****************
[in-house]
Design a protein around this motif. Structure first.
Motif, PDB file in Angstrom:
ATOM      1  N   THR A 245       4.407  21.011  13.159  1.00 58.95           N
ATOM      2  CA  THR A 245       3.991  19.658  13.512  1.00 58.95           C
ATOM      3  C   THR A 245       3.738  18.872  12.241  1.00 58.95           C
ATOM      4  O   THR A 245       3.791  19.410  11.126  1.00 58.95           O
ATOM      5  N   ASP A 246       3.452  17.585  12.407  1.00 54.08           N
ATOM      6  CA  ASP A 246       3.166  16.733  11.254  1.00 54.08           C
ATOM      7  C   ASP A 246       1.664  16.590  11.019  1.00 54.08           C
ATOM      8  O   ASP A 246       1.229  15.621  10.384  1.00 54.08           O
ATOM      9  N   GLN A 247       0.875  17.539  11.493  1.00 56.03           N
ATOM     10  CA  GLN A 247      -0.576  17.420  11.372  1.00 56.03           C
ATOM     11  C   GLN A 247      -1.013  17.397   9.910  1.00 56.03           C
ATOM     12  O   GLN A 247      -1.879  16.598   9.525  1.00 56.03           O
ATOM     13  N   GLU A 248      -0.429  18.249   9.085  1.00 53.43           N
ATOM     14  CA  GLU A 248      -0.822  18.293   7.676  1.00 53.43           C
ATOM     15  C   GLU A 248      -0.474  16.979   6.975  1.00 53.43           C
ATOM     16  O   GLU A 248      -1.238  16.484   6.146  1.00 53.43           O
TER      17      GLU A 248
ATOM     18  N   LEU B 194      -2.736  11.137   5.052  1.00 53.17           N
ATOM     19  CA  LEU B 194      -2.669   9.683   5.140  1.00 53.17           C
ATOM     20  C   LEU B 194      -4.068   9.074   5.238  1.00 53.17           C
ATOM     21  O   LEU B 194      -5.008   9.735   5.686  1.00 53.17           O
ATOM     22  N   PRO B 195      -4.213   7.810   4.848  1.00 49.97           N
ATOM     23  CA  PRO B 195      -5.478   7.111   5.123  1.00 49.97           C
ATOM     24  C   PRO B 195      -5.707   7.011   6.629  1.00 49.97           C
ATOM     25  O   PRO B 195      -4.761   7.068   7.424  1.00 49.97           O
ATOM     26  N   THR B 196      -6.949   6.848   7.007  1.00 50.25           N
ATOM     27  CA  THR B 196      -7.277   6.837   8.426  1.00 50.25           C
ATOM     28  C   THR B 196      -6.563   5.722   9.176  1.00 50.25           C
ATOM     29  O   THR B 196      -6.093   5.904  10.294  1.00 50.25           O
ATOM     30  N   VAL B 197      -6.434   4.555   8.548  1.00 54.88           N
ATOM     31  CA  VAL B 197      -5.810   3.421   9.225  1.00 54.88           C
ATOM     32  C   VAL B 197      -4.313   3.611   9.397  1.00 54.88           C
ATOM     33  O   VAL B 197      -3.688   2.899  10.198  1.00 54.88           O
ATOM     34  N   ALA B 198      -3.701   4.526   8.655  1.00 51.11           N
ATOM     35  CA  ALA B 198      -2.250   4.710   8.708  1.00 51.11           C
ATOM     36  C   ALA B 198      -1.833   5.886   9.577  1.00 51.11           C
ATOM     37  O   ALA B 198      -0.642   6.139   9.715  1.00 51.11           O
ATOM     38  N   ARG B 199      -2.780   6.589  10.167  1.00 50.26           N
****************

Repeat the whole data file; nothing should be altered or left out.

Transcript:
[in-house]
Design a protein around this motif. Structure first.
Motif, PDB file in Angstrom:
ATOM      1  N   THR A 245       4.407  21.011  13.159  1.00 58.95           N
ATOM      2  CA  THR A 245       3.991  19.658  13.512  1.00 58.95           C
ATOM      3  C   THR A 245       3.738  18.872  12.241  1.00 58.95           C
ATOM      4  O   THR A 245       3.791  19.410  11.126  1.00 58.95           O
ATOM      5  N   ASP A 246       3.452  17.585  12.407  1.00 54.08           N
ATOM      6  CA  ASP A 246       3.166  16.733  11.254  1.00 54.08           C
ATOM      7  C   ASP A 246       1.664  16.590  11.019  1.00 54.08           C
ATOM      8  O   ASP A 246       1.229  15.621  10.384  1.00 54.08           O
ATOM      9  N   GLN A 247       0.875  17.539  11.493  1.00 56.03           N
ATOM     10  CA  GLN A 247      -0.576  17.420  11.372  1.00 56.03           C
ATOM     11  C   GLN A 247      -1.013  17.397   9.910  1.00 56.03           C
ATOM     12  O   GLN A 247      -1.879  16.598   9.525  1.00 56.03           O
ATOM     13  N   GLU A 248      -0.429  18.249   9.085  1.00 53.43           N
ATOM     14  CA  GLU A 248      -0.822  18.293   7.676  1.00 53.43           C
ATOM     15  C   GLU A 248      -0.474  16.979   6.975  1.00 53.43           C
ATOM     16  O   GLU A 248      -1.238  16.484   6.146  1.00 53.43           O
TER      17      GLU A 248
ATOM     18  N   LEU B 194      -2.736  11.137   5.052  1.00 53.17           N
ATOM     19  CA  LEU B 194      -2.669   9.683   5.140  1.00 53.17           C
ATOM     20  C   LEU B 194      -4.068   9.074   5.238  1.00 53.17           C
ATOM     21  O   LEU B 194      -5.008   9.735   5.686  1.00 53.17           O
ATOM     22  N   PRO B 195      -4.213   7.810   4.848  1.00 49.97           N
ATOM     23  CA  PRO B 195      -5.478   7.111   5.123  1.00 49.97           C
ATOM     24  C   PRO B 195      -5.707   7.011   6.629  1.00 49.97           C
ATOM     25  O   PRO B 195      -4.761   7.068   7.424  1.00 49.97           O
ATOM     26  N   THR B 196      -6.949   6.848   7.007  1.00 50.25           N
ATOM     27  CA  THR B 196      -7.277   6.837   8.426  1.00 50.25           C
ATOM     28  C   THR B 196      -6.563   5.722   9.176  1.00 50.25           C
ATOM     29  O   THR B 196      -6.093   5.904  10.294  1.00 50.25           O
ATOM     30  N   VAL B 197      -6.434   4.555   8.548  1.00 54.88           N
ATOM     31  CA  VAL B 197      -5.810   3.421   9.225  1.00 54.88           C
ATOM     32  C   VAL B 197      -4.313   3.611   9.397  1.00 54.88           C
ATOM     33  O   VAL B 197      -3.688   2.899  10.198  1.00 54.88           O
ATOM     34  N   ALA B 198      -3.701   4.526   8.655  1.00 51.11           N
ATOM     35  CA  ALA B 198      -2.250   4.710   8.708  1.00 51.11           C
ATOM     36  C   ALA B 198      -1.833   5.886   9.577  1.00 51.11           C
ATOM     37  O   ALA B 198      -0.642   6.139   9.715  1.00 51.11           O
ATOM     38  N   ARG B 199      -2.780   6.589  10.167  1.00 50.26           N